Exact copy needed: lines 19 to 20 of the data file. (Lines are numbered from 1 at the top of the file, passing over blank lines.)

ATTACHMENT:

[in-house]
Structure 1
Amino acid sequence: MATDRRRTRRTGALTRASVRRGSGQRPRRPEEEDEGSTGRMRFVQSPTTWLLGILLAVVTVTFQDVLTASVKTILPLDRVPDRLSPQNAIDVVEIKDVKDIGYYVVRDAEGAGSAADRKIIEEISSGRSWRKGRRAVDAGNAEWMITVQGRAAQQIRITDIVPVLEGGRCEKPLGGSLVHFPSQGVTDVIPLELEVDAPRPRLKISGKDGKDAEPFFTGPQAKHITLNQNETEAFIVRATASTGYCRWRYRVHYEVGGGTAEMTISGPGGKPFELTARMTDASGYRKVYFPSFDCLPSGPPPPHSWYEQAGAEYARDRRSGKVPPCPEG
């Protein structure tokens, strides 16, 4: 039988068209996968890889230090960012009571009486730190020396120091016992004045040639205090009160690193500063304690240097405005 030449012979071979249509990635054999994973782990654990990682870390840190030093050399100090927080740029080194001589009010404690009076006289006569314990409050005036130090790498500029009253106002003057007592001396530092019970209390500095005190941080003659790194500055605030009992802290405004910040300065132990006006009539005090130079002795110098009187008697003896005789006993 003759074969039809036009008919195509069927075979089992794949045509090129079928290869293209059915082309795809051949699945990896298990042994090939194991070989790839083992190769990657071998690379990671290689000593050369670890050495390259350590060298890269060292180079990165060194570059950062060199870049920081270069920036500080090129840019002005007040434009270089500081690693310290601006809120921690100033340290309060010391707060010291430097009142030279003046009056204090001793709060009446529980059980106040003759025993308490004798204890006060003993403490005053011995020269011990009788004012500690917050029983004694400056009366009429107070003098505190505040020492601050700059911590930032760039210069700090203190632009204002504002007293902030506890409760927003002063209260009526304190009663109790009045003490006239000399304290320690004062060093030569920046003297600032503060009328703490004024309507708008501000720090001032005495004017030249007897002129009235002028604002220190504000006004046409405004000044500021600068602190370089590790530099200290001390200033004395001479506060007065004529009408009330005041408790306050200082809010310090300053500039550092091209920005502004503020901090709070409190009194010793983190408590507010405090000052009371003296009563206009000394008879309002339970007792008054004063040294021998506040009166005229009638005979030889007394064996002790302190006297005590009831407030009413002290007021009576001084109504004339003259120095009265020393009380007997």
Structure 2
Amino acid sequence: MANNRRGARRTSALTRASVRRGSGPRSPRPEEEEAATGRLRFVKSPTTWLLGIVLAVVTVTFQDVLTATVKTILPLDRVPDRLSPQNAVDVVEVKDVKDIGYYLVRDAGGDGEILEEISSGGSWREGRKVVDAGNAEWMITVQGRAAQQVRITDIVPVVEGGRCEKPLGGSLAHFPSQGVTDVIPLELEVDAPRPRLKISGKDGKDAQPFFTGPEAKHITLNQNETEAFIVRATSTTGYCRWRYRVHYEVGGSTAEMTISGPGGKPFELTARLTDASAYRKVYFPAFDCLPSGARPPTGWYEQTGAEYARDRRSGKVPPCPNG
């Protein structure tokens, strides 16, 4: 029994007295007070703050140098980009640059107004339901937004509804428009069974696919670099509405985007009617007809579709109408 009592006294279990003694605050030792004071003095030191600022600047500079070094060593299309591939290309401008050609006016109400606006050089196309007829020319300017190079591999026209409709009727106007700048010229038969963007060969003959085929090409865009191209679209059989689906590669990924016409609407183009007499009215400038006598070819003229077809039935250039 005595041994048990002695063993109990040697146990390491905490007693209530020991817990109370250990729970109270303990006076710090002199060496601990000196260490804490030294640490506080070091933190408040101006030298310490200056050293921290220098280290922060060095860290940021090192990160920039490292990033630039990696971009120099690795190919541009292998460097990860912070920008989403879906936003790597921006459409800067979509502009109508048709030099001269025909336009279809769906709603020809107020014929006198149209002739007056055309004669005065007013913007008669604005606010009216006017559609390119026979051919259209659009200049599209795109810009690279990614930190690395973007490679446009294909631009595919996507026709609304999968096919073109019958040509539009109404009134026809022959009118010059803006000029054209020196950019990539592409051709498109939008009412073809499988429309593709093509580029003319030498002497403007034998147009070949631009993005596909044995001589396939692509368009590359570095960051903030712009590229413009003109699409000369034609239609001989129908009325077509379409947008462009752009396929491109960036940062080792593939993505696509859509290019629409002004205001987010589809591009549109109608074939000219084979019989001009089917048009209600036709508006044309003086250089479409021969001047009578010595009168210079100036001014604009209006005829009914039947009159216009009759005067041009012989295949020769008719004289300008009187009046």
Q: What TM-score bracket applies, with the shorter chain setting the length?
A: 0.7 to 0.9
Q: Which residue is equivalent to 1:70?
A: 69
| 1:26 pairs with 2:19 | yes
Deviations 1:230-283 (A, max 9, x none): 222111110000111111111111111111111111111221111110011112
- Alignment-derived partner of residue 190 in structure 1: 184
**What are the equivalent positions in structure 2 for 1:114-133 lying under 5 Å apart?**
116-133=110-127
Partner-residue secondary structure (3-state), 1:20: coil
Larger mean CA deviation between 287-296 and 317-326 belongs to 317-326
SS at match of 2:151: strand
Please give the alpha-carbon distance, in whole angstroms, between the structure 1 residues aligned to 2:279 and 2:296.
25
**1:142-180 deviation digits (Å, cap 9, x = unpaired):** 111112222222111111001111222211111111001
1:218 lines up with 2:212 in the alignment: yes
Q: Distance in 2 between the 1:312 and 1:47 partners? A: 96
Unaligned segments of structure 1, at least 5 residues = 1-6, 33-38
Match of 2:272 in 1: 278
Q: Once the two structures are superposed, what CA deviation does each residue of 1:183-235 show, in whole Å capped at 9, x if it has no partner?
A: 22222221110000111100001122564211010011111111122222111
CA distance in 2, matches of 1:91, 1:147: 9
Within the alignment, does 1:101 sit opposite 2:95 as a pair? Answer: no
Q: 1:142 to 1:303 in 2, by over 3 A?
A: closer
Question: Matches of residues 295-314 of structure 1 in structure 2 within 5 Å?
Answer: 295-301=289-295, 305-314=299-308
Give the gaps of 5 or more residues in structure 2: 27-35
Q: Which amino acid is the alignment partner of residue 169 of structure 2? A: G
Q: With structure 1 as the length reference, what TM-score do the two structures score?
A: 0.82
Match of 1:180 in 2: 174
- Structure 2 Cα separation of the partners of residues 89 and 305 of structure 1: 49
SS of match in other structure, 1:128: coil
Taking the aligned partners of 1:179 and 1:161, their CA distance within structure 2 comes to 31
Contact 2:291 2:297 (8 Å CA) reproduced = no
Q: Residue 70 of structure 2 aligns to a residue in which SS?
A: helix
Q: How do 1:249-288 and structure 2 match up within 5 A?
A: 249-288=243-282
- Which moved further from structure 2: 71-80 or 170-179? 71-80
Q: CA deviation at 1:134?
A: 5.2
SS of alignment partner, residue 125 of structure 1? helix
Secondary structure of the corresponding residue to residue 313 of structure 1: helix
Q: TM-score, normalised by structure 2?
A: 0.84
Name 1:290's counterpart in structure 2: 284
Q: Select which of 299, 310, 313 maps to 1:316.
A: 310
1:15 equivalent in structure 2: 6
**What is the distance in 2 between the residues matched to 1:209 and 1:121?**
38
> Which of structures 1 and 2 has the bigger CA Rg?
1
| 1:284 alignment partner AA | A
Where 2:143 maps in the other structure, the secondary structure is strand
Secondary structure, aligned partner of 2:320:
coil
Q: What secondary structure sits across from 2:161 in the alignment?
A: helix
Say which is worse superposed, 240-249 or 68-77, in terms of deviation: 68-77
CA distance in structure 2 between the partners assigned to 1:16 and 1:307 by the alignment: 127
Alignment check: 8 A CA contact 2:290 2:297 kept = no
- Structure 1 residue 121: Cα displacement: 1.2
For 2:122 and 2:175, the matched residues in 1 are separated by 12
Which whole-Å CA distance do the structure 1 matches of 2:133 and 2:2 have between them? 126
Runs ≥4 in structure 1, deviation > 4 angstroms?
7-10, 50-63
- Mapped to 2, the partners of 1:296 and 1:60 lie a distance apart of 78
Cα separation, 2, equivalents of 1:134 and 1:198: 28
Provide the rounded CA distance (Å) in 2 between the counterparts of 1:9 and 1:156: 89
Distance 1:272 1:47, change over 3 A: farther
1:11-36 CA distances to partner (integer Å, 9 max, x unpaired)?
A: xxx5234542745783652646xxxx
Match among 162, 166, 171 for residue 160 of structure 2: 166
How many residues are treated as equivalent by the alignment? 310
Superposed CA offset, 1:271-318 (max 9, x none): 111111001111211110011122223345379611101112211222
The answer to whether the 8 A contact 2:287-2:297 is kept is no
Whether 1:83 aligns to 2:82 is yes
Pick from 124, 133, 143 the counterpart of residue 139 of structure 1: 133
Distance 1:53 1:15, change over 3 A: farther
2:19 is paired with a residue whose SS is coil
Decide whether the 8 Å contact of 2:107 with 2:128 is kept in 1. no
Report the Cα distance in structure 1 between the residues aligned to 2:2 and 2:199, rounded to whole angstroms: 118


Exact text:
SS at match of 2:151: strand
Please give the alpha-carbon distance, in whole angstroms, between the structure 1 residues aligned to 2:279 and 2:296.